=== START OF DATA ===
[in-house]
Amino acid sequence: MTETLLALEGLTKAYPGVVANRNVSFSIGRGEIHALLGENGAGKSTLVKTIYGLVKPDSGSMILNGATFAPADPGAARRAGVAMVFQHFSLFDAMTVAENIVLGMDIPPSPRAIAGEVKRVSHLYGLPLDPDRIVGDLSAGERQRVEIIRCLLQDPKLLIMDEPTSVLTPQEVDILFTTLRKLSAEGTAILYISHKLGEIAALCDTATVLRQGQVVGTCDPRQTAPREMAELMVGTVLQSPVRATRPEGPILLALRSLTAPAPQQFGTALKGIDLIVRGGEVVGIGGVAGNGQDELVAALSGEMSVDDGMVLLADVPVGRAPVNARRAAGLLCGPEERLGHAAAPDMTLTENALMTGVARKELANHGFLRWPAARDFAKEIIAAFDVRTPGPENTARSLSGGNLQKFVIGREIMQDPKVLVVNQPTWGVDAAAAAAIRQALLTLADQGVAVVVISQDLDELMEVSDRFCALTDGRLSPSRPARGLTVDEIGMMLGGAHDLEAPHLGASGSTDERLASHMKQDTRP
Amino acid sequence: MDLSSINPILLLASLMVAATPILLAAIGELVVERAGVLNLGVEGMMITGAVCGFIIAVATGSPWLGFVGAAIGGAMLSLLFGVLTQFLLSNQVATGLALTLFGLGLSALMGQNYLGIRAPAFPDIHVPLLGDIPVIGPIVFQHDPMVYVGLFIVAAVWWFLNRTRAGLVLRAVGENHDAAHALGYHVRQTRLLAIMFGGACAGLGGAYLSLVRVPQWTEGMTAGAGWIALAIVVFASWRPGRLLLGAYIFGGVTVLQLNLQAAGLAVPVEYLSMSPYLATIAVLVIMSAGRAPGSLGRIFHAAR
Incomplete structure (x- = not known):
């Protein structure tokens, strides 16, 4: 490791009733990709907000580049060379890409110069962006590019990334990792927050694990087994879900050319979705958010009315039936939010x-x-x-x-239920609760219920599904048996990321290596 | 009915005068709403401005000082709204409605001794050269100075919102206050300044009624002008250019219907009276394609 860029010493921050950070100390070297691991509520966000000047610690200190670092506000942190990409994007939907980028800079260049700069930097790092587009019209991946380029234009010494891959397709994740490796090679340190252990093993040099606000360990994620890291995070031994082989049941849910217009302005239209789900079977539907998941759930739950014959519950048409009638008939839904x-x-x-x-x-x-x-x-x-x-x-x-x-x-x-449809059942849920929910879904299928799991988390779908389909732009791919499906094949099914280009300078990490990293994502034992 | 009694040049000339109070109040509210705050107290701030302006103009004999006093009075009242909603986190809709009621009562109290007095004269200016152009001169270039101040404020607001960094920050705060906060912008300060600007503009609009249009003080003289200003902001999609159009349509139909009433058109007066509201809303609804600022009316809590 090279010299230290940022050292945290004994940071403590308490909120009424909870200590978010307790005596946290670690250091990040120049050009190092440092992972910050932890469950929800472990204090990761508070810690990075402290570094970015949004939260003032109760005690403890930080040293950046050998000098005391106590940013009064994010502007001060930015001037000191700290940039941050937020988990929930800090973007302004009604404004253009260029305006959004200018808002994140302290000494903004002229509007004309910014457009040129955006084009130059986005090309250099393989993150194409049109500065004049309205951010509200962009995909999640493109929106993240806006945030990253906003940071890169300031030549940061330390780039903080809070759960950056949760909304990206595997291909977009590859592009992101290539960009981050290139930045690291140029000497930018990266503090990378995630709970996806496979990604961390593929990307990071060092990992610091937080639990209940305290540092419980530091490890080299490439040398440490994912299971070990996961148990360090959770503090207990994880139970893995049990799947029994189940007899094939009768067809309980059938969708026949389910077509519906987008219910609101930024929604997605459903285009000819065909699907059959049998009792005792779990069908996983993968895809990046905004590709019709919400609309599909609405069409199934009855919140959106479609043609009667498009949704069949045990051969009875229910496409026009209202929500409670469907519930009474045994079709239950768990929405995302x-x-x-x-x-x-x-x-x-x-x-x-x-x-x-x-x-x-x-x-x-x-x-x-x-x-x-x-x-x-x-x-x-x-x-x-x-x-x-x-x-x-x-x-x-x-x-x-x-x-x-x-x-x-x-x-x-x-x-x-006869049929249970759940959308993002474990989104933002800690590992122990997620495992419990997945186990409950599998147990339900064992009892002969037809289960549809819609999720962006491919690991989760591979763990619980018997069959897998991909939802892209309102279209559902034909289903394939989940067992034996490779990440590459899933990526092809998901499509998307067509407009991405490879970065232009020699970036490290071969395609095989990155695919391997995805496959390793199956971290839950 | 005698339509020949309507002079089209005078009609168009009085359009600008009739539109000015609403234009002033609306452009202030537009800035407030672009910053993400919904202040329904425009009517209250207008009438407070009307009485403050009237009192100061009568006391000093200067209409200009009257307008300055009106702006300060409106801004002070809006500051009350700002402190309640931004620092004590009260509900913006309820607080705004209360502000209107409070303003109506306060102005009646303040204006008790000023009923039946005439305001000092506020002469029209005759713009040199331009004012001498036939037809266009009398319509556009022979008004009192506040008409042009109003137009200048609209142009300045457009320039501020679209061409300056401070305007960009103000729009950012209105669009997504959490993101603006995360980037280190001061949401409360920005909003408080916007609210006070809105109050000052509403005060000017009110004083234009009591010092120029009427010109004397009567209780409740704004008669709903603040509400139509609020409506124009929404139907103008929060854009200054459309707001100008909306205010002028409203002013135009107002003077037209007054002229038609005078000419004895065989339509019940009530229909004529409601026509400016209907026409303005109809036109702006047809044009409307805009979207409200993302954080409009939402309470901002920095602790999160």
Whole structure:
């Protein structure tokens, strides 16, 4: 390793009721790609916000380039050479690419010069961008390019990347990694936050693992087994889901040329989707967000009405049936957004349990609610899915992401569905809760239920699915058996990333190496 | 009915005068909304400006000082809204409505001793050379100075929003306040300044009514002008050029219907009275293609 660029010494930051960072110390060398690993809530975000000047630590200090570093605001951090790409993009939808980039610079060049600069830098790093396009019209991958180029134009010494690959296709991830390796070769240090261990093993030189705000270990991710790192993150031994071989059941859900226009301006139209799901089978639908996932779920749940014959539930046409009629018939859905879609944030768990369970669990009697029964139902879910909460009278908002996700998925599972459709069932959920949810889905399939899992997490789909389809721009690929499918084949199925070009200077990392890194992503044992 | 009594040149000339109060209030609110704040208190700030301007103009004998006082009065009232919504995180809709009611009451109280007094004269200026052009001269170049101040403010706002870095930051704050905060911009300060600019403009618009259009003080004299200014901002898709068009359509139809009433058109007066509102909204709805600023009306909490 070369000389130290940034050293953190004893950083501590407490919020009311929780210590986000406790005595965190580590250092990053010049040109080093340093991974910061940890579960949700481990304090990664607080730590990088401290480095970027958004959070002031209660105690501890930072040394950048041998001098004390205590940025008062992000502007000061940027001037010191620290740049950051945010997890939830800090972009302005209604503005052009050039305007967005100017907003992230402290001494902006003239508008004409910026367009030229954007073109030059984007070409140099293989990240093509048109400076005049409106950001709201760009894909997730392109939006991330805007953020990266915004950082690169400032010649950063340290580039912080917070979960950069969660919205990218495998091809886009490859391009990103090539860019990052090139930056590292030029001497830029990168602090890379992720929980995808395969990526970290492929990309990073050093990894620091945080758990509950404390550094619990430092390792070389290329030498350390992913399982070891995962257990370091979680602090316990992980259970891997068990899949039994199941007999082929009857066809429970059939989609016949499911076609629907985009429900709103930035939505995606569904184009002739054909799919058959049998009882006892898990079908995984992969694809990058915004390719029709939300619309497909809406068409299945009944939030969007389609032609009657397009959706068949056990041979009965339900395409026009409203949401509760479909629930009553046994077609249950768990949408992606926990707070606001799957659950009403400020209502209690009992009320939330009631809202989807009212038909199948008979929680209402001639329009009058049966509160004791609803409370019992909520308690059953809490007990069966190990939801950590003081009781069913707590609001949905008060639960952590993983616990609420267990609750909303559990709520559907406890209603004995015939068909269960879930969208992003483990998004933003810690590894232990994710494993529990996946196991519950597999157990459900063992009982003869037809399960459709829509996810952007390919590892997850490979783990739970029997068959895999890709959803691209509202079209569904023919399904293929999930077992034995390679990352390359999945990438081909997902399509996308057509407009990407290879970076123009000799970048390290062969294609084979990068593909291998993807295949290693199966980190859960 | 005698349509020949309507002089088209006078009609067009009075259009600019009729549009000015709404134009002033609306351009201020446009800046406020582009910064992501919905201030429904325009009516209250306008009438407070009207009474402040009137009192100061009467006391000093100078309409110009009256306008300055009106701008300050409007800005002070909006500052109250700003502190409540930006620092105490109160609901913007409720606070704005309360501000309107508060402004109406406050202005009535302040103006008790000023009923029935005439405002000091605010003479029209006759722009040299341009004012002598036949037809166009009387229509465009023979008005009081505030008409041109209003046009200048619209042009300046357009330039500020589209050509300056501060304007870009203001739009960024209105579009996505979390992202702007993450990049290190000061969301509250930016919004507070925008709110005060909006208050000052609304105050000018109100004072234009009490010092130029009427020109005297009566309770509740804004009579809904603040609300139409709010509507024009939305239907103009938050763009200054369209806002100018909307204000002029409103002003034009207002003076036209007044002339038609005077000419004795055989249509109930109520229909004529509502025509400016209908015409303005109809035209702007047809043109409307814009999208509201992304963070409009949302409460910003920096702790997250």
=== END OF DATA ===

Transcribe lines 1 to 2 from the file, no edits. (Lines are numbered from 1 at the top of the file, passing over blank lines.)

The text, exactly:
[in-house]
Amino acid sequence: MTETLLALEGLTKAYPGVVANRNVSFSIGRGEIHALLGENGAGKSTLVKTIYGLVKPDSGSMILNGATFAPADPGAARRAGVAMVFQHFSLFDAMTVAENIVLGMDIPPSPRAIAGEVKRVSHLYGLPLDPDRIVGDLSAGERQRVEIIRCLLQDPKLLIMDEPTSVLTPQEVDILFTTLRKLSAEGTAILYISHKLGEIAALCDTATVLRQGQVVGTCDPRQTAPREMAELMVGTVLQSPVRATRPEGPILLALRSLTAPAPQQFGTALKGIDLIVRGGEVVGIGGVAGNGQDELVAALSGEMSVDDGMVLLADVPVGRAPVNARRAAGLLCGPEERLGHAAAPDMTLTENALMTGVARKELANHGFLRWPAARDFAKEIIAAFDVRTPGPENTARSLSGGNLQKFVIGREIMQDPKVLVVNQPTWGVDAAAAAAIRQALLTLADQGVAVVVISQDLDELMEVSDRFCALTDGRLSPSRPARGLTVDEIGMMLGGAHDLEAPHLGASGSTDERLASHMKQDTRP